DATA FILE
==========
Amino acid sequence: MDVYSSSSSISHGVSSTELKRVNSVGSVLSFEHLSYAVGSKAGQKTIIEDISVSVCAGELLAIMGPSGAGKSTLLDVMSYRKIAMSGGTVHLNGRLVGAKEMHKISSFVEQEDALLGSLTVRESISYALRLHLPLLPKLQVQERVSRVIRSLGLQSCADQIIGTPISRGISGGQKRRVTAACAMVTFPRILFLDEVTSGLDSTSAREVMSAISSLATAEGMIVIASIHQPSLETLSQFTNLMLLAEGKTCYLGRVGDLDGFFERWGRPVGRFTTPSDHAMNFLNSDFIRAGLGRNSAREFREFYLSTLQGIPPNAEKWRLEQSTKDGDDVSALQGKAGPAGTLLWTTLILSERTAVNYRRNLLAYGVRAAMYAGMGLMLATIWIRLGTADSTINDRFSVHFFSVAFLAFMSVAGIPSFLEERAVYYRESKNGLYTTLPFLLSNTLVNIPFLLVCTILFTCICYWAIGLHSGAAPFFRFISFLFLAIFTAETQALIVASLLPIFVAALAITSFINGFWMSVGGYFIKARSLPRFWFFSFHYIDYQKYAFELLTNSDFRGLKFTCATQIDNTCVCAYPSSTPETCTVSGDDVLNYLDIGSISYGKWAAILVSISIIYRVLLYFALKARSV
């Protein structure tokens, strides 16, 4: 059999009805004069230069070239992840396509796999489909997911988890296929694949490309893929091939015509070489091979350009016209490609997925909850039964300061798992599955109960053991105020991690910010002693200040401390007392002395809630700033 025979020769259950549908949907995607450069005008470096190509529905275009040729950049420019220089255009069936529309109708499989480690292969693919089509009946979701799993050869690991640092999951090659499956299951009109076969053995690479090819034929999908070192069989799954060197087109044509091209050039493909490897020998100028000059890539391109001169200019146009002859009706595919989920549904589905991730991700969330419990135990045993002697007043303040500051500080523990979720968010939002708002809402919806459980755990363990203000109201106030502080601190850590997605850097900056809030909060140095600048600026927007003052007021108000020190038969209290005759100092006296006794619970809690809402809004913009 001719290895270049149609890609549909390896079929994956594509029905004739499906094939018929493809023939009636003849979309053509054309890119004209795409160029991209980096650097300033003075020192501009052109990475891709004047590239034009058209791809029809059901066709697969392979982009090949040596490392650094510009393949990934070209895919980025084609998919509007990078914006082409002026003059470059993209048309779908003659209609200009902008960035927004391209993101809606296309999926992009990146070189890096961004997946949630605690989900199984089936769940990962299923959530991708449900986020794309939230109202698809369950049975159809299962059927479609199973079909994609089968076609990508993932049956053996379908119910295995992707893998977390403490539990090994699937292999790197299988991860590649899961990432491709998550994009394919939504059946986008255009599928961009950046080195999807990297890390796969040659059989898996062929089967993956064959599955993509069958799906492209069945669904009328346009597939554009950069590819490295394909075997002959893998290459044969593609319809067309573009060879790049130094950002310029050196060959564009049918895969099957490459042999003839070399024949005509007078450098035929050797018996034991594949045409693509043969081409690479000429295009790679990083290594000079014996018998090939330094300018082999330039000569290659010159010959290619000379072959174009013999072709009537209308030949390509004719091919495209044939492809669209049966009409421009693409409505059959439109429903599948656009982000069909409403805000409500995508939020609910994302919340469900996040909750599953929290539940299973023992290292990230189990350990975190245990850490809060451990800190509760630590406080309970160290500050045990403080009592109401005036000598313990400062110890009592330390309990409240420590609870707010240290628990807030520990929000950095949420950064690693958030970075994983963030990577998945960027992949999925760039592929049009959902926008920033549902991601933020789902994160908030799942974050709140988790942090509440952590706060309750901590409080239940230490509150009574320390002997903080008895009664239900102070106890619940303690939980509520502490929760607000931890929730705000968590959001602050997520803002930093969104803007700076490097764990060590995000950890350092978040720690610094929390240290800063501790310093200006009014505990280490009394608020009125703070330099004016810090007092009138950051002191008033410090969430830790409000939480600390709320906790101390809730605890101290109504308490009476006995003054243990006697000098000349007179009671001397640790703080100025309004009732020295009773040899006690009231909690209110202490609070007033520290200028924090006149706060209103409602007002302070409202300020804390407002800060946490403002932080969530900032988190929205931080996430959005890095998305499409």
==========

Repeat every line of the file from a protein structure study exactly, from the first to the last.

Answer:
Amino acid sequence: MDVYSSSSSISHGVSSTELKRVNSVGSVLSFEHLSYAVGSKAGQKTIIEDISVSVCAGELLAIMGPSGAGKSTLLDVMSYRKIAMSGGTVHLNGRLVGAKEMHKISSFVEQEDALLGSLTVRESISYALRLHLPLLPKLQVQERVSRVIRSLGLQSCADQIIGTPISRGISGGQKRRVTAACAMVTFPRILFLDEVTSGLDSTSAREVMSAISSLATAEGMIVIASIHQPSLETLSQFTNLMLLAEGKTCYLGRVGDLDGFFERWGRPVGRFTTPSDHAMNFLNSDFIRAGLGRNSAREFREFYLSTLQGIPPNAEKWRLEQSTKDGDDVSALQGKAGPAGTLLWTTLILSERTAVNYRRNLLAYGVRAAMYAGMGLMLATIWIRLGTADSTINDRFSVHFFSVAFLAFMSVAGIPSFLEERAVYYRESKNGLYTTLPFLLSNTLVNIPFLLVCTILFTCICYWAIGLHSGAAPFFRFISFLFLAIFTAETQALIVASLLPIFVAALAITSFINGFWMSVGGYFIKARSLPRFWFFSFHYIDYQKYAFELLTNSDFRGLKFTCATQIDNTCVCAYPSSTPETCTVSGDDVLNYLDIGSISYGKWAAILVSISIIYRVLLYFALKARSV
């Protein structure tokens, strides 16, 4: 059999009805004069230069070239992840396509796999489909997911988890296929694949490309893929091939015509070489091979350009016209490609997925909850039964300061798992599955109960053991105020991690910010002693200040401390007392002395809630700033 025979020769259950549908949907995607450069005008470096190509529905275009040729950049420019220089255009069936529309109708499989480690292969693919089509009946979701799993050869690991640092999951090659499956299951009109076969053995690479090819034929999908070192069989799954060197087109044509091209050039493909490897020998100028000059890539391109001169200019146009002859009706595919989920549904589905991730991700969330419990135990045993002697007043303040500051500080523990979720968010939002708002809402919806459980755990363990203000109201106030502080601190850590997605850097900056809030909060140095600048600026927007003052007021108000020190038969209290005759100092006296006794619970809690809402809004913009 001719290895270049149609890609549909390896079929994956594509029905004739499906094939018929493809023939009636003849979309053509054309890119004209795409160029991209980096650097300033003075020192501009052109990475891709004047590239034009058209791809029809059901066709697969392979982009090949040596490392650094510009393949990934070209895919980025084609998919509007990078914006082409002026003059470059993209048309779908003659209609200009902008960035927004391209993101809606296309999926992009990146070189890096961004997946949630605690989900199984089936769940990962299923959530991708449900986020794309939230109202698809369950049975159809299962059927479609199973079909994609089968076609990508993932049956053996379908119910295995992707893998977390403490539990090994699937292999790197299988991860590649899961990432491709998550994009394919939504059946986008255009599928961009950046080195999807990297890390796969040659059989898996062929089967993956064959599955993509069958799906492209069945669904009328346009597939554009950069590819490295394909075997002959893998290459044969593609319809067309573009060879790049130094950002310029050196060959564009049918895969099957490459042999003839070399024949005509007078450098035929050797018996034991594949045409693509043969081409690479000429295009790679990083290594000079014996018998090939330094300018082999330039000569290659010159010959290619000379072959174009013999072709009537209308030949390509004719091919495209044939492809669209049966009409421009693409409505059959439109429903599948656009982000069909409403805000409500995508939020609910994302919340469900996040909750599953929290539940299973023992290292990230189990350990975190245990850490809060451990800190509760630590406080309970160290500050045990403080009592109401005036000598313990400062110890009592330390309990409240420590609870707010240290628990807030520990929000950095949420950064690693958030970075994983963030990577998945960027992949999925760039592929049009959902926008920033549902991601933020789902994160908030799942974050709140988790942090509440952590706060309750901590409080239940230490509150009574320390002997903080008895009664239900102070106890619940303690939980509520502490929760607000931890929730705000968590959001602050997520803002930093969104803007700076490097764990060590995000950890350092978040720690610094929390240290800063501790310093200006009014505990280490009394608020009125703070330099004016810090007092009138950051002191008033410090969430830790409000939480600390709320906790101390809730605890101290109504308490009476006995003054243990006697000098000349007179009671001397640790703080100025309004009732020295009773040899006690009231909690209110202490609070007033520290200028924090006149706060209103409602007002302070409202300020804390407002800060946490403002932080969530900032988190929205931080996430959005890095998305499409």